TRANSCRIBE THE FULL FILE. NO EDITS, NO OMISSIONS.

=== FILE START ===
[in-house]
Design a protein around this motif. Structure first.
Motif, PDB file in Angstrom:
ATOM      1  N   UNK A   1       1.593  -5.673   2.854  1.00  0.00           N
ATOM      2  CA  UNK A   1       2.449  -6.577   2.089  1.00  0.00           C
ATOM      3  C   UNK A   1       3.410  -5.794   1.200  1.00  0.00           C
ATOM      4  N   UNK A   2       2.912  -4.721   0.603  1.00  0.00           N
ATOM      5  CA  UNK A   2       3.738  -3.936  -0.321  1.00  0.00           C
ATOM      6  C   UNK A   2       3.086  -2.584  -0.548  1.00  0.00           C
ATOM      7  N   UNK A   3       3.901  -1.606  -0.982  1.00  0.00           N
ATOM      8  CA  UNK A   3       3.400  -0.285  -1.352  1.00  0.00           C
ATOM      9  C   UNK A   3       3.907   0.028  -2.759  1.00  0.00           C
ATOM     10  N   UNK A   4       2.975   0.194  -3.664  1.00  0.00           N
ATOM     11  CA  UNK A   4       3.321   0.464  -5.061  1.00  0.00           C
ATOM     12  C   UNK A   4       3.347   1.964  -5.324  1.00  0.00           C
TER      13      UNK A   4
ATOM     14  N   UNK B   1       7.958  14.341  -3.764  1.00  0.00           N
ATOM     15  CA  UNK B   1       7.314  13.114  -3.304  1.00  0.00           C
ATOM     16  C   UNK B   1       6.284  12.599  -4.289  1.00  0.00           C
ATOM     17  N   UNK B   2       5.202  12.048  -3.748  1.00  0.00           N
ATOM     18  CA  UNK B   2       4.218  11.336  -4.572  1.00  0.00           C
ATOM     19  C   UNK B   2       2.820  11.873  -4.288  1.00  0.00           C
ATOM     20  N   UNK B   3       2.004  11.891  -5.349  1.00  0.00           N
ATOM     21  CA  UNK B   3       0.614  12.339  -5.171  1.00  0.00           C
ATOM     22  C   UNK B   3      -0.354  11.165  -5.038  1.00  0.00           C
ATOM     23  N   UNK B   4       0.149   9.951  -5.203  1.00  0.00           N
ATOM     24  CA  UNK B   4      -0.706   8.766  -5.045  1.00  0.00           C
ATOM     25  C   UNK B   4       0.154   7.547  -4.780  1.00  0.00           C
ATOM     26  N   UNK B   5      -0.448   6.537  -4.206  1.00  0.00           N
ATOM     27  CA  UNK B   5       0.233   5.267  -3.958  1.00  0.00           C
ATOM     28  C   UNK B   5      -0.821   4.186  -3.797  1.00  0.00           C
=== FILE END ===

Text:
[in-house]
Design a protein around this motif. Structure first.
Motif, PDB file in Angstrom:
ATOM      1  N   UNK A   1       1.593  -5.673   2.854  1.00  0.00           N
ATOM      2  CA  UNK A   1       2.449  -6.577   2.089  1.00  0.00           C
ATOM      3  C   UNK A   1       3.410  -5.794   1.200  1.00  0.00           C
ATOM      4  N   UNK A   2       2.912  -4.721   0.603  1.00  0.00           N
ATOM      5  CA  UNK A   2       3.738  -3.936  -0.321  1.00  0.00           C
ATOM      6  C   UNK A   2       3.086  -2.584  -0.548  1.00  0.00           C
ATOM      7  N   UNK A   3       3.901  -1.606  -0.982  1.00  0.00           N
ATOM      8  CA  UNK A   3       3.400  -0.285  -1.352  1.00  0.00           C
ATOM      9  C   UNK A   3       3.907   0.028  -2.759  1.00  0.00           C
ATOM     10  N   UNK A   4       2.975   0.194  -3.664  1.00  0.00           N
ATOM     11  CA  UNK A   4       3.321   0.464  -5.061  1.00  0.00           C
ATOM     12  C   UNK A   4       3.347   1.964  -5.324  1.00  0.00           C
TER      13      UNK A   4
ATOM     14  N   UNK B   1       7.958  14.341  -3.764  1.00  0.00           N
ATOM     15  CA  UNK B   1       7.314  13.114  -3.304  1.00  0.00           C
ATOM     16  C   UNK B   1       6.284  12.599  -4.289  1.00  0.00           C
ATOM     17  N   UNK B   2       5.202  12.048  -3.748  1.00  0.00           N
ATOM     18  CA  UNK B   2       4.218  11.336  -4.572  1.00  0.00           C
ATOM     19  C   UNK B   2       2.820  11.873  -4.288  1.00  0.00           C
ATOM     20  N   UNK B   3       2.004  11.891  -5.349  1.00  0.00           N
ATOM     21  CA  UNK B   3       0.614  12.339  -5.171  1.00  0.00           C
ATOM     22  C   UNK B   3      -0.354  11.165  -5.038  1.00  0.00           C
ATOM     23  N   UNK B   4       0.149   9.951  -5.203  1.00  0.00           N
ATOM     24  CA  UNK B   4      -0.706   8.766  -5.045  1.00  0.00           C
ATOM     25  C   UNK B   4       0.154   7.547  -4.780  1.00  0.00           C
ATOM     26  N   UNK B   5      -0.448   6.537  -4.206  1.00  0.00           N
ATOM     27  CA  UNK B   5       0.233   5.267  -3.958  1.00  0.00           C
ATOM     28  C   UNK B   5      -0.821   4.186  -3.797  1.00  0.00           C